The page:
So I got something in the mail a week ago.
Ok, not in the mail, UPS delivered it in their usual, careless manner, but I'm not talking about that right now.
There were a few alternatives I could have picked from, including the awesome looking Nook Simple Touch1, but I went with the closed option this time. I feel like a traitor already, subscribing to this stupid, proprietary, walled-garden of a device clearly meant as a leash to Amazon's book store.
There's a lot obviously wrong with it that's wrong with much of the closed software world. Things have been engineered properly, or at least as properly as they can be given the constraints, but actually using the device runs you up against some small yet annoying limits pretty quickly. That you can't get custom wallpapers or arrange your books into categories from your computer without jailbreaking. That there's no such thing as a standalone notepad app, and you can't build it because the Kindle SDK is in beta, and signing up requires you to submit an application proposal for review. That the browser usability isn't exactly stellar, but you can't really do anything about it because you don't have the source, or the ability to make it run client-side scripts.
The reason that made me purchase this, over any other ereader out there, is the free (as in beer) 3G wireless attached to it. This is a taste of the future for someone living in Canada (or, from what I hear, in most places outside of Japan and South Korea) and I wasn't about to wait the several years it's going to take for other device providers to get their shit together.
It's still not my ideal device2, but about as close as I can get with consumer-grade electronics at the moment. The biggest differences between it and the other devices I've tried variously3 are the size, battery life and global 3G. Small size is obviously an advantage, but this thing is ridiculously light; at about 9 ounces it's actually competing with my cellphone in terms of portability. As an aside, it's also rather sturdy. Not that I'd try playing catch with it or anything, but it's definitely not as fragile as the stuff coming out of Cupertino. The battery-life is hands down best among portables; between the ARM processor and e-ink screen, power consumption is low enough to give it "two months" between charges. Realistically, it's two weeks or so, but that's still a damn sight better than competition. Like I said, the 3G is the winner here; it lets me do things like check various entertaining reddits on my way home, or check my email. Technically, I could do this with my phone too, but the screen is tiny enough to make it annoying, and the battery life is flaky enough that I have to charge the thing every day if I want to do any semi-serious browsing on it.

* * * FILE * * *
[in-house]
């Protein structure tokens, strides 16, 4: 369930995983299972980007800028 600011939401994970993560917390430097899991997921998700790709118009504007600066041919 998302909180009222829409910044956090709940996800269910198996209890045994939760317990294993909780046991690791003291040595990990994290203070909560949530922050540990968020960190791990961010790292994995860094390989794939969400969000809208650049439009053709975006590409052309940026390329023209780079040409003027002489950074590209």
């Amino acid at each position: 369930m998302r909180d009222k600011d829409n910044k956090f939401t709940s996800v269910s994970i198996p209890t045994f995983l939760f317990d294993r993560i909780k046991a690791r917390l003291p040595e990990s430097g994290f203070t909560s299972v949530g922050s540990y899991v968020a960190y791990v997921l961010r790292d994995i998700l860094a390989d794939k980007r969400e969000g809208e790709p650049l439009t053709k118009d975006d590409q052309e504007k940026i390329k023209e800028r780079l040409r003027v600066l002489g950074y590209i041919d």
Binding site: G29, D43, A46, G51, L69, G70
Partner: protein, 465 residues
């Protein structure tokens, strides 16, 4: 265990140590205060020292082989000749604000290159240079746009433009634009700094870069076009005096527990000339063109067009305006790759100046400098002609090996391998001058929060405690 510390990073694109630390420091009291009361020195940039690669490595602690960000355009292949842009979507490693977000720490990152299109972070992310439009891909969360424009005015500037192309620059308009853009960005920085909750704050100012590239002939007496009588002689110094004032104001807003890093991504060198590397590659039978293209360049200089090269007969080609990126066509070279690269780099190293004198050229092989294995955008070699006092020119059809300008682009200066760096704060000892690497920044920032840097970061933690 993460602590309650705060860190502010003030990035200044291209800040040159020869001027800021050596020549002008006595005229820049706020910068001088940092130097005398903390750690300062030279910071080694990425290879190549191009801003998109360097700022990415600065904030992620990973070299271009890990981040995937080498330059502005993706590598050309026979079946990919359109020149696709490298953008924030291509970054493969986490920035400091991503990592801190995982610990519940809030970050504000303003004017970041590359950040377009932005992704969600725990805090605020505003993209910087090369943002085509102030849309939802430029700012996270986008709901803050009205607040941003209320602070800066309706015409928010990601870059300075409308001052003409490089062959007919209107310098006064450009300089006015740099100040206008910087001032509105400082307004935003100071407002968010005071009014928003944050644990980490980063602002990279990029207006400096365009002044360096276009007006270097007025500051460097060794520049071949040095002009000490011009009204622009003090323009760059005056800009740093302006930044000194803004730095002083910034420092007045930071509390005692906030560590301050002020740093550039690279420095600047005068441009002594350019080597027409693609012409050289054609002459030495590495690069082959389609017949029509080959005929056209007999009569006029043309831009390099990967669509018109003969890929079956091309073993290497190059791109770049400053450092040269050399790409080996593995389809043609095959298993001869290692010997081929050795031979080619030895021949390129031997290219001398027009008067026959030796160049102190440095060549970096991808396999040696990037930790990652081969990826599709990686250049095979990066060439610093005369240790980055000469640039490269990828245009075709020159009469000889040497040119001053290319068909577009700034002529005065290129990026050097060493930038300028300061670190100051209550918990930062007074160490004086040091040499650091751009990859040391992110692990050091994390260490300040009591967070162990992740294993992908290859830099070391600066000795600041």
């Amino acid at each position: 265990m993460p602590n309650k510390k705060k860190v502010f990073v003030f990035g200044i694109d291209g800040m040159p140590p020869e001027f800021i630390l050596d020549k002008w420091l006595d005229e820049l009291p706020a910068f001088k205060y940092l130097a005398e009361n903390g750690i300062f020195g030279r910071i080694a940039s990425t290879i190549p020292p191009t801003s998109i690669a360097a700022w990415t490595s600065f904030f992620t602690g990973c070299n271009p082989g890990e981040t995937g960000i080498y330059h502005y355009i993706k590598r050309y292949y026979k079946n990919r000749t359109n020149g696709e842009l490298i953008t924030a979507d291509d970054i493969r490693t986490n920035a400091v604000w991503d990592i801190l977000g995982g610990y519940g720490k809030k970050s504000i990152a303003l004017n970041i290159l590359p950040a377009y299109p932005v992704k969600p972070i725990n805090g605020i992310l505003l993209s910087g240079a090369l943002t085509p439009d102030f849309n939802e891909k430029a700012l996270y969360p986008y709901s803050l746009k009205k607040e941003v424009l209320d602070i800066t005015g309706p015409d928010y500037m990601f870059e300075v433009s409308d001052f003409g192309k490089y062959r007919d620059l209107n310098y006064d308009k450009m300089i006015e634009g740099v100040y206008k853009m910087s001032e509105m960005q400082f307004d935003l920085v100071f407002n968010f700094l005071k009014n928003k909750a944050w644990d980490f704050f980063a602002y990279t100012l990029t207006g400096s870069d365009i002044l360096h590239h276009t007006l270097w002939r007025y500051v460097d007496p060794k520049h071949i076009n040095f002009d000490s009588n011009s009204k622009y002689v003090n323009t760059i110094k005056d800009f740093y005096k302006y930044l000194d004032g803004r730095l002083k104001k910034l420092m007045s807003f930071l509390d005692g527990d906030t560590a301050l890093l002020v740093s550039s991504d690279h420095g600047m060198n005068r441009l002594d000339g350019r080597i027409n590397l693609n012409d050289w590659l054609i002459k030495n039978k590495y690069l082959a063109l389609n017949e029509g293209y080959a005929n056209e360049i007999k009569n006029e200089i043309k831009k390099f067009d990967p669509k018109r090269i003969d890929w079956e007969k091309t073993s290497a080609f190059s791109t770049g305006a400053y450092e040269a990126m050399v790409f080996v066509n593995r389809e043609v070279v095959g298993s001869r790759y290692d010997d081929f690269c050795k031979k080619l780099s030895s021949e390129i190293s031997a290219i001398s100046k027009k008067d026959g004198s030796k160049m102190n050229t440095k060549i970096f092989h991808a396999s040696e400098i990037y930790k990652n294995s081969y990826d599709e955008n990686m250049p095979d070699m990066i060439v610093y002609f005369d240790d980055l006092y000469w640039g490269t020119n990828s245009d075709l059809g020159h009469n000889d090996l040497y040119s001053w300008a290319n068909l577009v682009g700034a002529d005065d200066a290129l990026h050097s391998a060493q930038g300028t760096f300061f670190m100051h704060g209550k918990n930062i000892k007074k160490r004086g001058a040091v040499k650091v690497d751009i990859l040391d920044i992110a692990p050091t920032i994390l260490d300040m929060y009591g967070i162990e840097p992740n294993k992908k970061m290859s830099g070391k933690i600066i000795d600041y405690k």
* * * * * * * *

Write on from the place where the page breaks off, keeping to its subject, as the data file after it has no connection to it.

That's it for my new toys (for now anyway).
Work-wise. Man, I dunno. Non-free development has some pretty serious drawbacks. Not the least of which is that you can't really talk about implementation specifics without an NDA, and that's annoying as all shit. I'm working on an implementation of an online proofing tool (which you can actually see running over here; don't talk to me about the name, that's all the marketing guys) built in Common Lisp. The work is a lot of fun, and I get to very slowly nudge my limits in terms of solid user interface development and flexible coding, but I can't actually show it to anyone. It's improving at the glacial pace necessitated by the fact that I'm the only coder on it full time, and the rest of the people looking at it don't really know Lisp very well. I'm hoping to turn that around soon; arguing with marketing and sales people about why we should put something out into the copyleft ecology is...difficult. I haven't tried mentioning "Free software" because these are guys that'll respond according Raymond's predictions of business people.
The way they see it, we can sell it if we own it, and damn the consequences. Granted, the pool of programmers available for a Common Lisp web project is kind of narrow, but we could really do some good here, I get the feeling. Both in the sense that having such a project might make it easier to identify the next few people we want to hire (and we will at some point), and in the sense that opening it up will make it a better, more widely used product. And in the sense that free use of our tool would likely benefit the users. And, perhaps most significantly, I'll be able to put snippets up here or at codereview.SE without worrying about the people helping me getting sued at some undetermined point in the future.
Not much of a segway there, granted, but I'm starting to get pissed off. I have seven or eight different blog posts floating around in my head, half finished and in the process of construction, so I had to get something out here, even if it's not polished. There are differing opinions about how you should write, and I tend to hold with the brain crack angle. Seven ideas in the air and none on a hard drive sounds like I'm going too far in the perpetual-polishing direction.
- Which is a real, no-fooling, rootable Android device with an e-ink touchscreen, a micro-SD card reader, and a month-long battery life.↩
- That would be a color unit whose screen projects directly onto my retinas, has removable media/USB slots and connects directly to my thenarm, hypothenarm, interossei and lumbrical muscles for input.↩
- The i-family, laptops and netbooks.↩